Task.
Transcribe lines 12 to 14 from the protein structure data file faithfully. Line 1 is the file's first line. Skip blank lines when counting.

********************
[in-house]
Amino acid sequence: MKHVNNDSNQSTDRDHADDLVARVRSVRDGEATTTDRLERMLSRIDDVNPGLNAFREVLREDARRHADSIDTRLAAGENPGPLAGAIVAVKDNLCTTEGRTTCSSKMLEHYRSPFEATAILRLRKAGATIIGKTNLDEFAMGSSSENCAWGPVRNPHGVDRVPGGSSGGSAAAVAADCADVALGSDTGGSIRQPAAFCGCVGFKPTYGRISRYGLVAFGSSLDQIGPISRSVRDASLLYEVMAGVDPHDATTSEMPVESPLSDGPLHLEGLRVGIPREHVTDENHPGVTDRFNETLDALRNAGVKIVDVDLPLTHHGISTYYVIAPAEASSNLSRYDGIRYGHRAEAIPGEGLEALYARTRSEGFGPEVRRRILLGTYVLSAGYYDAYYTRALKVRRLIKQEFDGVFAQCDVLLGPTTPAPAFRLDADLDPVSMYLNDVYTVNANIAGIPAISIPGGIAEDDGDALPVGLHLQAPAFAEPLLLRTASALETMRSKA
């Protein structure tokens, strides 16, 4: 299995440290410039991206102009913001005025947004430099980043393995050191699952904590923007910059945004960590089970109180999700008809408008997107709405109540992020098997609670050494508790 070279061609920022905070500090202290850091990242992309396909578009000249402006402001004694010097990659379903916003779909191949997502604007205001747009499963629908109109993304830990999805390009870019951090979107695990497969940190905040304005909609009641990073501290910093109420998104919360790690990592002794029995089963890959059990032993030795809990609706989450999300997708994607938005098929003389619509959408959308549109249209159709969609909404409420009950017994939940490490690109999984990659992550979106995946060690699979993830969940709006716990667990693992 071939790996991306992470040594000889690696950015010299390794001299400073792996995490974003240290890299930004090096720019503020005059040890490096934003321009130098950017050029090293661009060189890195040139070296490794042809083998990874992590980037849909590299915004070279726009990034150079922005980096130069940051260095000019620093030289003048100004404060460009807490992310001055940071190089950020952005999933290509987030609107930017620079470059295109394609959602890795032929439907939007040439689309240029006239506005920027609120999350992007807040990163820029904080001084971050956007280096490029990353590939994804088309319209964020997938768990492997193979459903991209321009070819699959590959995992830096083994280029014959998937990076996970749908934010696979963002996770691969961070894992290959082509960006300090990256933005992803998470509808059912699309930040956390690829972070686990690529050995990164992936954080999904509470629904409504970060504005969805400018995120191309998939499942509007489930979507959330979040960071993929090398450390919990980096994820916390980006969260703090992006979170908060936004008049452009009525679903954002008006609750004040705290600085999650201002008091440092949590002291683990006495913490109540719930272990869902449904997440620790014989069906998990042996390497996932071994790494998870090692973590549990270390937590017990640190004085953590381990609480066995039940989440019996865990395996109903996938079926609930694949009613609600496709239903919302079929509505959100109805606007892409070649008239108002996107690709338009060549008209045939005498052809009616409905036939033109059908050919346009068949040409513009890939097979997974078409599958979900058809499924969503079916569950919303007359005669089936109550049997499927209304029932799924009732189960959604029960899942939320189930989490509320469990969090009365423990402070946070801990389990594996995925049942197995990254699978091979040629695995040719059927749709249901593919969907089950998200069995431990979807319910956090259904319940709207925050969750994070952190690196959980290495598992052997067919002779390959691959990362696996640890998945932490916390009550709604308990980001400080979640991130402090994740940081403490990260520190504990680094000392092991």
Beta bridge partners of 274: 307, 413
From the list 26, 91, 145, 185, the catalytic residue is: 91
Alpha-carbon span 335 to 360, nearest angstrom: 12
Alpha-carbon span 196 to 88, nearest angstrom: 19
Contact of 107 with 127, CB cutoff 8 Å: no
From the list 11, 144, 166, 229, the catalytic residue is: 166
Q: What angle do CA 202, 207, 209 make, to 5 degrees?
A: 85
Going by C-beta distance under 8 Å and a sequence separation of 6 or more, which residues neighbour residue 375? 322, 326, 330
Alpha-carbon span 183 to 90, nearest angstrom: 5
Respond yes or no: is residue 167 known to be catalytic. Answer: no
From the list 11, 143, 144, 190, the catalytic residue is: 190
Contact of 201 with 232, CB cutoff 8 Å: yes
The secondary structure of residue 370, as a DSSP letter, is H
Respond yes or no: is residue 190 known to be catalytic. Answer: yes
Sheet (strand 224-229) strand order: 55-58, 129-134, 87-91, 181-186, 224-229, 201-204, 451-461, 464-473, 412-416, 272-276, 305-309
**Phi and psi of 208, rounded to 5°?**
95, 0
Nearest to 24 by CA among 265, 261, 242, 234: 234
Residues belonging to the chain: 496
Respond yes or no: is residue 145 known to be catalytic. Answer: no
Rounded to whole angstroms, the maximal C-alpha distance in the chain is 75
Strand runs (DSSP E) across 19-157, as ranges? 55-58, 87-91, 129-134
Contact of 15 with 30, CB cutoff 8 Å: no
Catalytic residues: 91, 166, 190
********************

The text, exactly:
Going by C-beta distance under 8 Å and a sequence separation of 6 or more, which residues neighbour residue 375? 322, 326, 330
Alpha-carbon span 183 to 90, nearest angstrom: 5
Respond yes or no: is residue 167 known to be catalytic. Answer: no